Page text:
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Is it time to fix your mortgage interest rate?

With the prospect of an interest rate rise on the horizon, we ask the question: Is it time to fix your mortgage interest rate or continue to enjoy variable rate savings? Our managing director Chris Jonson shares his thoughts and explains why it’s important to choose loan products that match your specific needs.

Interest rate signaling from the banks

Back in November 2021, you could get an owner-occupier, principal-and-interest home loan fixed at 1.99 percent for four years. Now it’s March 2022 and four-year fixed rates are starting at 3.24 percent. It tells us that the banks are forecasting a potential rate rise.

The question is should you lock in a fixed rate now or continue to enjoy variable rate savings?

Nobody has a crystal ball

The truth is that trying to predict interest rates is like trying to read tea leaves–everybody sees something different.

What we do know is that interest rates will eventually go up. By how much and when, nobody is certain.

Most experts agree that the Reserve Bank of Australia (RBA) will need to take a very measured approach.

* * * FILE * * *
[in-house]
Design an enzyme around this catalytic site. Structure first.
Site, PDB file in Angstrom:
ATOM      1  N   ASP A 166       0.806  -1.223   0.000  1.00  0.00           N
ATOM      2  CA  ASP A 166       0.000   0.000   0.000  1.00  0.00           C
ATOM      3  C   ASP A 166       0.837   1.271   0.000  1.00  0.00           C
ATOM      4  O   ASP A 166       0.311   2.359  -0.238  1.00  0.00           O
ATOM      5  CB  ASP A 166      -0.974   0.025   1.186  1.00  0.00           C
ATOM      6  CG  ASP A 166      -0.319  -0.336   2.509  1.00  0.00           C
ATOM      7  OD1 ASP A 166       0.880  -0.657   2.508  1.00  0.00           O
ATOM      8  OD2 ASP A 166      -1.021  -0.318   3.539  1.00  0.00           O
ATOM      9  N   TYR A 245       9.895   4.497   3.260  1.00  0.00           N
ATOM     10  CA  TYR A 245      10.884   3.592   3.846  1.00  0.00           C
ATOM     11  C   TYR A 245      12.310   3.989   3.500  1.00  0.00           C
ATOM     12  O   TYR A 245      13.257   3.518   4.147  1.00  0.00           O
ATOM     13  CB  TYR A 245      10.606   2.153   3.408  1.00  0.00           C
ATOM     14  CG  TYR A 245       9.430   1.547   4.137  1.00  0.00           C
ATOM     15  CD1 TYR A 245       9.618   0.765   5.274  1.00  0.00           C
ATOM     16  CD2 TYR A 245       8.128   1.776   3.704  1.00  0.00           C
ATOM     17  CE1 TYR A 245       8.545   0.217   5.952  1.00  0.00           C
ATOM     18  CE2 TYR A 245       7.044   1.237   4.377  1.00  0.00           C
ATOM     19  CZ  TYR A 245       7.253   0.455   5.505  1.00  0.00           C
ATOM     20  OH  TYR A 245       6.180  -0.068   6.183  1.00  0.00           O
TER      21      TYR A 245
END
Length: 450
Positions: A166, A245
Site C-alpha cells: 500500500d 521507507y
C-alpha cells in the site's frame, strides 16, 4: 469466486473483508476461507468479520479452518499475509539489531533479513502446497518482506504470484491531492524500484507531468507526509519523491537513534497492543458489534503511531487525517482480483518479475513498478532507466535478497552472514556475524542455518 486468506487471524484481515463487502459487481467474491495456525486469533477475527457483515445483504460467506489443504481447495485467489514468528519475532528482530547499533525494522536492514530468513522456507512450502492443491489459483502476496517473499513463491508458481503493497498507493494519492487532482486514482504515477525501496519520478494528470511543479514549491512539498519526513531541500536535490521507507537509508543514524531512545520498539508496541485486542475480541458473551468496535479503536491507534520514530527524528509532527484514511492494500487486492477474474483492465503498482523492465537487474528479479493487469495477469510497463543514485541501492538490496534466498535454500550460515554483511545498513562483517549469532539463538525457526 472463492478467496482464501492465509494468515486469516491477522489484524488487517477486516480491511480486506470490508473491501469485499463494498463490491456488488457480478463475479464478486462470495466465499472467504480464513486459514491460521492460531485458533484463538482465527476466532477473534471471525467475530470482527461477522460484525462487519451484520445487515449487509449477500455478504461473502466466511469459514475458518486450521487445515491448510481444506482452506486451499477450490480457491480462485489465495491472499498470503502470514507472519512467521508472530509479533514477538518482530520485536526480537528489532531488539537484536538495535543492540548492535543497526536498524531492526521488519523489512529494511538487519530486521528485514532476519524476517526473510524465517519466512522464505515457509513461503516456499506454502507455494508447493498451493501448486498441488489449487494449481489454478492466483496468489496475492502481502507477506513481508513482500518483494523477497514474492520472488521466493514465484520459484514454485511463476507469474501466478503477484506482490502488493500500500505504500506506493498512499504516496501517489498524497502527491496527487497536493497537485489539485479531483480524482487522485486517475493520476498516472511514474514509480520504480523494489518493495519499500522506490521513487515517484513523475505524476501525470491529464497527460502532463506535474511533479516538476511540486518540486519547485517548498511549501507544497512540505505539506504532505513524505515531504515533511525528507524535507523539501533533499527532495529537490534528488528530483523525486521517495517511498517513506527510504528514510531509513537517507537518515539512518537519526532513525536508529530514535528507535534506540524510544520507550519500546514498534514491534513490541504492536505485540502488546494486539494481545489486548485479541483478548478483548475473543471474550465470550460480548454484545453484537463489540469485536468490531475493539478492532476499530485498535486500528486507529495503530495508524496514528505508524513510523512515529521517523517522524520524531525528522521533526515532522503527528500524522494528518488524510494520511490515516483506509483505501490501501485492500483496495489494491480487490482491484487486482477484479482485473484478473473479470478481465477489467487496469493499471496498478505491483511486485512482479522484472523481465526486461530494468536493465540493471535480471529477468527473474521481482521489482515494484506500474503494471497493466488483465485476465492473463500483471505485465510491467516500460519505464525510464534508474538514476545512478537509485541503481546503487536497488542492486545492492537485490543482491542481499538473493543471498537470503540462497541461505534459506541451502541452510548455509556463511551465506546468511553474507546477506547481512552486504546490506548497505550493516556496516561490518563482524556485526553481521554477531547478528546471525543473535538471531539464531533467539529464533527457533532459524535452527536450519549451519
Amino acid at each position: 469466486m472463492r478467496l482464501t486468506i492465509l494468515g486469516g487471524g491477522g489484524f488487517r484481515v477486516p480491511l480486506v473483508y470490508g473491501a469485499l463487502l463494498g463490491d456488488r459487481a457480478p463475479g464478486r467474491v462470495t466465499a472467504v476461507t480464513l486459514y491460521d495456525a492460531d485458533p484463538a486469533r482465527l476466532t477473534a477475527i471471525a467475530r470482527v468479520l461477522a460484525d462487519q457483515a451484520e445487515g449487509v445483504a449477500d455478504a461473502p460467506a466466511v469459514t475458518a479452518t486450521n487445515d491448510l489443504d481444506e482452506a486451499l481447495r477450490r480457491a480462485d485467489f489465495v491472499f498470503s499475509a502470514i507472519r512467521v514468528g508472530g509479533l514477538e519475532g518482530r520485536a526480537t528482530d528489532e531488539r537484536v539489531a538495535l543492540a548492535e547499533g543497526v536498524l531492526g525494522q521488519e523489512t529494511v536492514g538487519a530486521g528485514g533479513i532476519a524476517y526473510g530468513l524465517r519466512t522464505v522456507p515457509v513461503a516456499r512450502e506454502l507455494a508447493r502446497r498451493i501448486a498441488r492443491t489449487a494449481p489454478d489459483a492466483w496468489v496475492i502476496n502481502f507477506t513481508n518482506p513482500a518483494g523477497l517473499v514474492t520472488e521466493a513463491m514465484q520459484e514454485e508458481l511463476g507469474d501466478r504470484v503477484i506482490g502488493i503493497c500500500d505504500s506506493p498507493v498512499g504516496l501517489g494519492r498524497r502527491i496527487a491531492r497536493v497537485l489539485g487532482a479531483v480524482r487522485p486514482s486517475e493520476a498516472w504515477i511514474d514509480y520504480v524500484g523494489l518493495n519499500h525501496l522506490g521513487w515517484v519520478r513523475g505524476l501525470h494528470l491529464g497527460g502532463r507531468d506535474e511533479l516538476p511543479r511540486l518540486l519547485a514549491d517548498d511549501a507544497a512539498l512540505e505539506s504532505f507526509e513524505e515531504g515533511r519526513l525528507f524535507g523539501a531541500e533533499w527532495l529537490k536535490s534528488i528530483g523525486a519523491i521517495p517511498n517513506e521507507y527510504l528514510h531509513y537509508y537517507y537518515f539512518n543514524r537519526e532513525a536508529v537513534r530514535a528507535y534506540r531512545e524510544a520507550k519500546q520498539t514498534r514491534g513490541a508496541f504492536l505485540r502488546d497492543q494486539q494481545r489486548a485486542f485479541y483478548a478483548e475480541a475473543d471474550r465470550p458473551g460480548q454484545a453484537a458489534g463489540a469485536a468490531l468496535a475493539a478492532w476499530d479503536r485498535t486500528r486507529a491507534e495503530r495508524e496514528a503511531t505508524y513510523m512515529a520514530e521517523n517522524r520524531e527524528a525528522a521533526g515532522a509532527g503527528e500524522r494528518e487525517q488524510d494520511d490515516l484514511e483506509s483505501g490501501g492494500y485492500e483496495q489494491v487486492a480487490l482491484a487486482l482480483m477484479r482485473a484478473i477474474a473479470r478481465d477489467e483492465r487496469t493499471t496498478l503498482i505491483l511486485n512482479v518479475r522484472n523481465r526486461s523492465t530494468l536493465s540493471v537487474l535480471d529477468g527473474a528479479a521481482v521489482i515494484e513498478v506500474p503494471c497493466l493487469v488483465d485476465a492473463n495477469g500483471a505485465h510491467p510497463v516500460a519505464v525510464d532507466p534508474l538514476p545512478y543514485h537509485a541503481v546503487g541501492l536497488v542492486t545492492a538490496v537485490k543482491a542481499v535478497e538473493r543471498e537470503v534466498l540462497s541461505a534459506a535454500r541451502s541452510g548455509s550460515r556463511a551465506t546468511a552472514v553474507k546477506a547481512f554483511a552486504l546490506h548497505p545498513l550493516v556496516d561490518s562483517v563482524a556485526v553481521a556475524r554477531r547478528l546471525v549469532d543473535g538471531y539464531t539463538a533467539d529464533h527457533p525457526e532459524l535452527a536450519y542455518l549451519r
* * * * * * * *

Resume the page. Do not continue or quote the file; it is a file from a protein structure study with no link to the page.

If the RBA goes too fast or too far, it could trigger an increase in mortgage stress. This makes me feel that sharp interest rate rises are somewhat unlikely.

Let the RBA worry about the economy - we focus on you

But all of that of course is the big economic picture. Your focus should be: how is this going to impact my mortgage and, in turn, my finances. Should I fix? Should I split? When? What are the potential benefits and risks?

We can run those numbers for you and model, very specifically, what different loan scenarios look like. We can also outline the comparable benefits and risks of each of these products.

Variable and fixed rate loans are different products

Variable rate loans usually come with interest-saving features, such as an offset or redraw facility. Whereas very few fixed rate loans allow you to make extra payments, or they have strict limits.

This is why we often recommend splitting a loan into part fixed and part variable. It means you can make extra payments on the variable component to reduce your interest exposure and still have access to surplus cash, while also enjoying interest rate certainty on the fixed portion.

There are pros and cons to all lending products, which is why spreading your options and risk over multiple products can be beneficial. Again, what's right for you will come down to your personal circumstances and goals.


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